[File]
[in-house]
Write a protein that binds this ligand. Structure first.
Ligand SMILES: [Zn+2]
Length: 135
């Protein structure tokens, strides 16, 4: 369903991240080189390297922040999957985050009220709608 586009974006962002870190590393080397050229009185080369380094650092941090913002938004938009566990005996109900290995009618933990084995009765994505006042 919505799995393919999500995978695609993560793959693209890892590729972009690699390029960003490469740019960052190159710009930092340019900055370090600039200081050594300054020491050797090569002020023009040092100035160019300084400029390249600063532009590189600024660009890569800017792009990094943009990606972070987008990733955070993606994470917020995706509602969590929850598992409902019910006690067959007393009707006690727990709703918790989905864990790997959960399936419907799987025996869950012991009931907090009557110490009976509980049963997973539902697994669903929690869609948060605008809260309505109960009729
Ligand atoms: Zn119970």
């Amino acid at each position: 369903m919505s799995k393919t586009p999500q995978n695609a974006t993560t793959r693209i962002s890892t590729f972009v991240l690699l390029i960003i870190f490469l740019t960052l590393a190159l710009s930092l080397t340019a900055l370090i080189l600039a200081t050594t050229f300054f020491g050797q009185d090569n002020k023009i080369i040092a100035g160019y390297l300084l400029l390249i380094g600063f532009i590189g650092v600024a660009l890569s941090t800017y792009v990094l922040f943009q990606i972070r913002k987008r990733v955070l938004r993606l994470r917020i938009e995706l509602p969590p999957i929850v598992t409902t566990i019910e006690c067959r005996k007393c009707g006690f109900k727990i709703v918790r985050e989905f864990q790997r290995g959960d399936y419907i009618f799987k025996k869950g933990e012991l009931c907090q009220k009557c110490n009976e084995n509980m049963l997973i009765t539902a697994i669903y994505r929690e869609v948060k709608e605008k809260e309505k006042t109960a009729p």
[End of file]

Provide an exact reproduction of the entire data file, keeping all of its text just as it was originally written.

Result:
[in-house]
Write a protein that binds this ligand. Structure first.
Ligand SMILES: [Zn+2]
Length: 135
């Protein structure tokens, strides 16, 4: 369903991240080189390297922040999957985050009220709608 586009974006962002870190590393080397050229009185080369380094650092941090913002938004938009566990005996109900290995009618933990084995009765994505006042 919505799995393919999500995978695609993560793959693209890892590729972009690699390029960003490469740019960052190159710009930092340019900055370090600039200081050594300054020491050797090569002020023009040092100035160019300084400029390249600063532009590189600024660009890569800017792009990094943009990606972070987008990733955070993606994470917020995706509602969590929850598992409902019910006690067959007393009707006690727990709703918790989905864990790997959960399936419907799987025996869950012991009931907090009557110490009976509980049963997973539902697994669903929690869609948060605008809260309505109960009729
Ligand atoms: Zn119970």
């Amino acid at each position: 369903m919505s799995k393919t586009p999500q995978n695609a974006t993560t793959r693209i962002s890892t590729f972009v991240l690699l390029i960003i870190f490469l740019t960052l590393a190159l710009s930092l080397t340019a900055l370090i080189l600039a200081t050594t050229f300054f020491g050797q009185d090569n002020k023009i080369i040092a100035g160019y390297l300084l400029l390249i380094g600063f532009i590189g650092v600024a660009l890569s941090t800017y792009v990094l922040f943009q990606i972070r913002k987008r990733v955070l938004r993606l994470r917020i938009e995706l509602p969590p999957i929850v598992t409902t566990i019910e006690c067959r005996k007393c009707g006690f109900k727990i709703v918790r985050e989905f864990q790997r290995g959960d399936y419907i009618f799987k025996k869950g933990e012991l009931c907090q009220k009557c110490n009976e084995n509980m049963l997973i009765t539902a697994i669903y994505r929690e869609v948060k709608e605008k809260e309505k006042t109960a009729p």